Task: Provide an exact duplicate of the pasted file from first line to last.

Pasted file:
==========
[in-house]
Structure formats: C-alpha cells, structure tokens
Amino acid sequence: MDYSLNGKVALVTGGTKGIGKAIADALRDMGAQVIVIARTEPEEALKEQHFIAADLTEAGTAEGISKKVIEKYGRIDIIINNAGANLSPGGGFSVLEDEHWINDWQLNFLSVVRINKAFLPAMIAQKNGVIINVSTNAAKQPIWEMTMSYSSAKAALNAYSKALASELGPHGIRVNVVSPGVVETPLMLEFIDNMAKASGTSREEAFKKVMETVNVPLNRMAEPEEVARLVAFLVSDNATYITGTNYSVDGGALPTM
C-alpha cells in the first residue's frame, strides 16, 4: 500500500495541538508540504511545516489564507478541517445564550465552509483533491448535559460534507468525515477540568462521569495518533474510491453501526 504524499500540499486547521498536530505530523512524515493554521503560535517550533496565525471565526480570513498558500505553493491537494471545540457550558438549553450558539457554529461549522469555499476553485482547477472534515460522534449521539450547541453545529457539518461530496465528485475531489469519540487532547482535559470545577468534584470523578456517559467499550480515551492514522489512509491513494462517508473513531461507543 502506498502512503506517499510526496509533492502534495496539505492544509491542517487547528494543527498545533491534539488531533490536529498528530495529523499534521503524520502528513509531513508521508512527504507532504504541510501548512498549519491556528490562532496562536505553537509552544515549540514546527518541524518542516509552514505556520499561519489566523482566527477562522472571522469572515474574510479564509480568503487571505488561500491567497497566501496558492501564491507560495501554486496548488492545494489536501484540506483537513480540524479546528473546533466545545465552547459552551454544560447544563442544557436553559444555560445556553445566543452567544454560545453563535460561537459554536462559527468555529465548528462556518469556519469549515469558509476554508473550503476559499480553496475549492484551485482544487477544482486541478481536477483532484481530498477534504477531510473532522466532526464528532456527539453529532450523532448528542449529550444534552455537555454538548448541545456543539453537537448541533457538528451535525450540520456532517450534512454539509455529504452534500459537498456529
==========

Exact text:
[in-house]
Structure formats: C-alpha cells, structure tokens
Amino acid sequence: MDYSLNGKVALVTGGTKGIGKAIADALRDMGAQVIVIARTEPEEALKEQHFIAADLTEAGTAEGISKKVIEKYGRIDIIINNAGANLSPGGGFSVLEDEHWINDWQLNFLSVVRINKAFLPAMIAQKNGVIINVSTNAAKQPIWEMTMSYSSAKAALNAYSKALASELGPHGIRVNVVSPGVVETPLMLEFIDNMAKASGTSREEAFKKVMETVNVPLNRMAEPEEVARLVAFLVSDNATYITGTNYSVDGGALPTM
C-alpha cells in the first residue's frame, strides 16, 4: 500500500495541538508540504511545516489564507478541517445564550465552509483533491448535559460534507468525515477540568462521569495518533474510491453501526 504524499500540499486547521498536530505530523512524515493554521503560535517550533496565525471565526480570513498558500505553493491537494471545540457550558438549553450558539457554529461549522469555499476553485482547477472534515460522534449521539450547541453545529457539518461530496465528485475531489469519540487532547482535559470545577468534584470523578456517559467499550480515551492514522489512509491513494462517508473513531461507543 502506498502512503506517499510526496509533492502534495496539505492544509491542517487547528494543527498545533491534539488531533490536529498528530495529523499534521503524520502528513509531513508521508512527504507532504504541510501548512498549519491556528490562532496562536505553537509552544515549540514546527518541524518542516509552514505556520499561519489566523482566527477562522472571522469572515474574510479564509480568503487571505488561500491567497497566501496558492501564491507560495501554486496548488492545494489536501484540506483537513480540524479546528473546533466545545465552547459552551454544560447544563442544557436553559444555560445556553445566543452567544454560545453563535460561537459554536462559527468555529465548528462556518469556519469549515469558509476554508473550503476559499480553496475549492484551485482544487477544482486541478481536477483532484481530498477534504477531510473532522466532526464528532456527539453529532450523532448528542449529550444534552455537555454538548448541545456543539453537537448541533457538528451535525450540520456532517450534512454539509455529504452534500459537498456529